Who doesnt love Murukku? Do you know how the famous Manapaarai Murukku came on the food map of South India? Many many years ago a small town called Manaparai was famous for its cows and milk (remember the song manaparai maadu katti?). At a time when trains halted in the station, an Iyer used to make and sell murukkus. Apparently no passenger passing through the station would return without a packet and that’s how the murukku became famous. The murukku was so popular that trains used to arrive ahead of schedule for an extended break at Manapparai station.That is technically the birth of the manaparai murukku. There were many people who worked under the Iyer to help make murukkus. One such person is Doraiswamy who lives in a very humble home and readily shares his wealth of knowledge on the intricacies of making these spiral rounds of heaven. He’s been making for over 60 years and was in action even few years ago until his son ‘murukku manohar’ willingly took over the baton .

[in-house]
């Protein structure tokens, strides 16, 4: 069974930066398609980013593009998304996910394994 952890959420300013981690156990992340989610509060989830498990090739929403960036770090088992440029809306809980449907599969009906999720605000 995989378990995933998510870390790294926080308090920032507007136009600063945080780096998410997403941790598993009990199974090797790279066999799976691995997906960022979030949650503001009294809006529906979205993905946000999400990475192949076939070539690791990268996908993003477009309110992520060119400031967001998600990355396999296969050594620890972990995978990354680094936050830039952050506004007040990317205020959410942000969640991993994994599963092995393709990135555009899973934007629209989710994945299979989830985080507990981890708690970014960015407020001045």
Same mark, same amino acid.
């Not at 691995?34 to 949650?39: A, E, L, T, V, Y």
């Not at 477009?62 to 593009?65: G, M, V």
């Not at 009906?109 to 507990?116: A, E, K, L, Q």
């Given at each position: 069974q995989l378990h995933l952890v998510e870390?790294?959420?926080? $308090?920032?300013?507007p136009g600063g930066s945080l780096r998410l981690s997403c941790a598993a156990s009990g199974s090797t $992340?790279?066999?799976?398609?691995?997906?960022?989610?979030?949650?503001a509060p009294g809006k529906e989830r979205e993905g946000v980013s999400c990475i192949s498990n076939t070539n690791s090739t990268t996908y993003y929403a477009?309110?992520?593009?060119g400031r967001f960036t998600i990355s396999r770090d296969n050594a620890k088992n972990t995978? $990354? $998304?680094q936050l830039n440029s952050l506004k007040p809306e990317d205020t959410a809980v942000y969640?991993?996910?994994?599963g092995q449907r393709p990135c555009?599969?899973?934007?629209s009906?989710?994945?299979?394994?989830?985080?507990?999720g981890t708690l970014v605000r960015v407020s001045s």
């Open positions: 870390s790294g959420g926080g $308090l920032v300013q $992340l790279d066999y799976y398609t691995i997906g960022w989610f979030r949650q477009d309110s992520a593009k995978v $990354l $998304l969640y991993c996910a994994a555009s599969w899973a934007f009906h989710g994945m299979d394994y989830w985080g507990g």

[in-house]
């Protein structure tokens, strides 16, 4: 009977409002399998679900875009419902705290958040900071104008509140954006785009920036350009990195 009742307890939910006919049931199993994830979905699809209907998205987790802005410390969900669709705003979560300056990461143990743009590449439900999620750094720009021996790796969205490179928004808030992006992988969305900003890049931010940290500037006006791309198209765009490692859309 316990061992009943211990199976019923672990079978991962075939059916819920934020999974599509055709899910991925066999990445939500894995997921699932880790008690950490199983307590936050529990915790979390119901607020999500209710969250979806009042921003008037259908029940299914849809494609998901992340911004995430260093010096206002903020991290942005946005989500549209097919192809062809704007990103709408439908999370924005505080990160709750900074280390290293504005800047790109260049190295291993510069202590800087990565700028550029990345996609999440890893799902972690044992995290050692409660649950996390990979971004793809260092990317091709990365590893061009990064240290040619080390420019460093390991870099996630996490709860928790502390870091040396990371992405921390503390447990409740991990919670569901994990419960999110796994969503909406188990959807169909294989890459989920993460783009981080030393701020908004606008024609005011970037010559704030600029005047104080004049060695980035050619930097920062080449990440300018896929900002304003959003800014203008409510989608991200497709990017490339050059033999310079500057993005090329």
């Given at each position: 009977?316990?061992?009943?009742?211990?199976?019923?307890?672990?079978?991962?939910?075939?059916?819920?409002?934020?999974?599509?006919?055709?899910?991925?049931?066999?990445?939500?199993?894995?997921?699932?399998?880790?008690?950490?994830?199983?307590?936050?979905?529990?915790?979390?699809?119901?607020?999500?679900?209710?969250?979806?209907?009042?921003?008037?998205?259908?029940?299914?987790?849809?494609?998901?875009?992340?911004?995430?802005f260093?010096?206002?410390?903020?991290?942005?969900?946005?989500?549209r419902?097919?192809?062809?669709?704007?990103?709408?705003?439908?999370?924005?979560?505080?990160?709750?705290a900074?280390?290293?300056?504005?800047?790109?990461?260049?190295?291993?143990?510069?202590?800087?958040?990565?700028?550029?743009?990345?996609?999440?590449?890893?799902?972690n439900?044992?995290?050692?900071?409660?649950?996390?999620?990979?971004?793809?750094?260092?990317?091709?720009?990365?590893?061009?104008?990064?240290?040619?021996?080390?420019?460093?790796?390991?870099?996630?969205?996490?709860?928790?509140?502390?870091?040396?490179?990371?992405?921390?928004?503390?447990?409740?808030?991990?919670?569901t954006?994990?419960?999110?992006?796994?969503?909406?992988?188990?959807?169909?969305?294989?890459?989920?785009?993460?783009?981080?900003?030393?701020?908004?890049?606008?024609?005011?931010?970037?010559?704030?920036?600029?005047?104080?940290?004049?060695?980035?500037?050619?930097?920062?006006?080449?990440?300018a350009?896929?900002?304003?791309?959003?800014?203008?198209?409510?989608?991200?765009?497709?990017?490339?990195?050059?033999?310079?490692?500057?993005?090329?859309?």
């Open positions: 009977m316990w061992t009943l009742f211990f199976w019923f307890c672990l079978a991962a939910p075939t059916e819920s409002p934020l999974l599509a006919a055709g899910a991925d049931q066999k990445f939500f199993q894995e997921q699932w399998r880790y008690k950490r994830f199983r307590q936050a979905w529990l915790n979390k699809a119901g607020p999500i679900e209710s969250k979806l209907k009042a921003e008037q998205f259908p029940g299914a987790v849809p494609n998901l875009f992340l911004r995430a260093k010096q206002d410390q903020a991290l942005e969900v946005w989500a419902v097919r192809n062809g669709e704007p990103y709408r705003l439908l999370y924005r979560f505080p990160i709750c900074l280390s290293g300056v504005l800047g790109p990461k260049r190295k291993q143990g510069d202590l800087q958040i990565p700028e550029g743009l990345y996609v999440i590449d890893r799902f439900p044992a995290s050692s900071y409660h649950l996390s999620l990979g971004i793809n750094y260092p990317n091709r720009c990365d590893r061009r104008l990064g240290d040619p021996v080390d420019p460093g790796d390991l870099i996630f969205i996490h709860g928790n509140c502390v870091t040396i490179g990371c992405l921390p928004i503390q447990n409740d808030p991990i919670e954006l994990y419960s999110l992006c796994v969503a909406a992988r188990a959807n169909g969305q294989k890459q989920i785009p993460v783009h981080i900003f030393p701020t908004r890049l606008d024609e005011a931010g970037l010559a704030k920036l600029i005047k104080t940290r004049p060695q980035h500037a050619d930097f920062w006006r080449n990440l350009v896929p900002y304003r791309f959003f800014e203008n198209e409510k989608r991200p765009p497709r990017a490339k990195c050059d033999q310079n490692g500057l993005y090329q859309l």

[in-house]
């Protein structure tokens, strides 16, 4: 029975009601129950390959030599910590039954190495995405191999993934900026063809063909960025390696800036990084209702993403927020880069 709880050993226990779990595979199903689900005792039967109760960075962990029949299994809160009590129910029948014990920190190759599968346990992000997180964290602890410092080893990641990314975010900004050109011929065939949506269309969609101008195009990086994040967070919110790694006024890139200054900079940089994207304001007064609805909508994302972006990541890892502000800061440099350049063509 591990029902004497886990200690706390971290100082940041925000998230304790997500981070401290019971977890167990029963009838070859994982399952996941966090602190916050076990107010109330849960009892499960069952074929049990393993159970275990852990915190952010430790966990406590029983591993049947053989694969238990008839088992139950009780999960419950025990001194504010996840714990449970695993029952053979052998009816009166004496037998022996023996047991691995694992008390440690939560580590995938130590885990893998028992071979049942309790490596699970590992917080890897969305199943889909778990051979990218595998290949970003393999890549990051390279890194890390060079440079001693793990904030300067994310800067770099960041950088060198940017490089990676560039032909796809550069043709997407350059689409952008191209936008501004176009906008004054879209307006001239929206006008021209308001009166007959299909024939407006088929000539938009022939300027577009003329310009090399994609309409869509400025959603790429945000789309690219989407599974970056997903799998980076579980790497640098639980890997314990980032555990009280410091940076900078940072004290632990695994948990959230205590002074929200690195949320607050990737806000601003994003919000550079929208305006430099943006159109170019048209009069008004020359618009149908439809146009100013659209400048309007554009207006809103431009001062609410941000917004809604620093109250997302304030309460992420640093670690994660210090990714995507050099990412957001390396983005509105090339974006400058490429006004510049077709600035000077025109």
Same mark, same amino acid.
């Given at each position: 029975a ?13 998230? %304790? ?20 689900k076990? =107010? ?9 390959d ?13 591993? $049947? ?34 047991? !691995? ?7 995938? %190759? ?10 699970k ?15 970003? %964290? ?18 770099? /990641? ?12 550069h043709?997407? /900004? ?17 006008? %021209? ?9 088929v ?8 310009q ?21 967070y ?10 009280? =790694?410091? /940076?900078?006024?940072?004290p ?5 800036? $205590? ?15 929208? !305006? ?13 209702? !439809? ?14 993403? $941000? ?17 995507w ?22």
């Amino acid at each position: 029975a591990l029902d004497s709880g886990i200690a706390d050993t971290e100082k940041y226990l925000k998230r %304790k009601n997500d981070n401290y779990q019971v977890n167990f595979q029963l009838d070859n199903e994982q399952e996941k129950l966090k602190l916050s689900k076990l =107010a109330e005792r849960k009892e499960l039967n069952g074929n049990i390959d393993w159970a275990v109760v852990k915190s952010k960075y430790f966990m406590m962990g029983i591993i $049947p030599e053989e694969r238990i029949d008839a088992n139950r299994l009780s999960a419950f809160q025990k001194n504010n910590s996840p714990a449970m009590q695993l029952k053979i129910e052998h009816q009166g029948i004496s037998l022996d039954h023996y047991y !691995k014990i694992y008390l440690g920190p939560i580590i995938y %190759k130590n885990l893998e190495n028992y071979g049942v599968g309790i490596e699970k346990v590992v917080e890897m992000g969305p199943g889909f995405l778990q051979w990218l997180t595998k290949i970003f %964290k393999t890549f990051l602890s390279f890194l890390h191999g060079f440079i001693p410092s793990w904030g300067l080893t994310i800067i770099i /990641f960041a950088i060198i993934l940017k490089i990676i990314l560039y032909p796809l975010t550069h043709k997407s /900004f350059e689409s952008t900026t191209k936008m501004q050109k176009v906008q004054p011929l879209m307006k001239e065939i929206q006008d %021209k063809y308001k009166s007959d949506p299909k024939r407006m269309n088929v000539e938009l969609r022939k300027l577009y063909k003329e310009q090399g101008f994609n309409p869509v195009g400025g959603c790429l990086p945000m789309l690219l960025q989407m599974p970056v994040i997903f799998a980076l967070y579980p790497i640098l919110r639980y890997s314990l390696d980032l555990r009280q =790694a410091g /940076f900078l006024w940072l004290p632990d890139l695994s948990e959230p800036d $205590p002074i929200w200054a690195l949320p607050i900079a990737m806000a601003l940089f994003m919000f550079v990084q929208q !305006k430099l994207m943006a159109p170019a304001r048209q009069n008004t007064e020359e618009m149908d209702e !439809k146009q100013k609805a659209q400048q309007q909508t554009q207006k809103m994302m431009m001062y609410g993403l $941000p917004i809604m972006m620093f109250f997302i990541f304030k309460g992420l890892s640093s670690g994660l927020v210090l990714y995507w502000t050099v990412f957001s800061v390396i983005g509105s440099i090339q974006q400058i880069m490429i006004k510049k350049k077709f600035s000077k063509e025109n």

Murukku Doraiswamy recognized as a doyen in the business of making murukkus. — in Manaparai, Tamil Nadu, India.
Rice flour mixed with salt, cumin seeds, sesame seeds, oil, ajwain and water rolled into balls before it goes into the extruder, — in Manaparai, Tamil Nadu, India.
How cute does that look? Murukkus waiting to be deep fried in groundnut oil — in Manaparai, Tamil Nadu, India.
Doraiswamy, a spirited man is a curious on-looker as we start shooting. He’s making sure his son gives us the right information. They churn out a whopping 6000-8000 murukkus/ day on an average and this is completely family run. They do not retail under their own brand, but make it for other retailers. Hand pounded rice flour is mixed with water, salt, sesame seeds, jeera, omam and made into a dough. They are then put in through a manual extruder and fried in groundnut oil.
Watch this clip as I get talking to Murukku Manohar!
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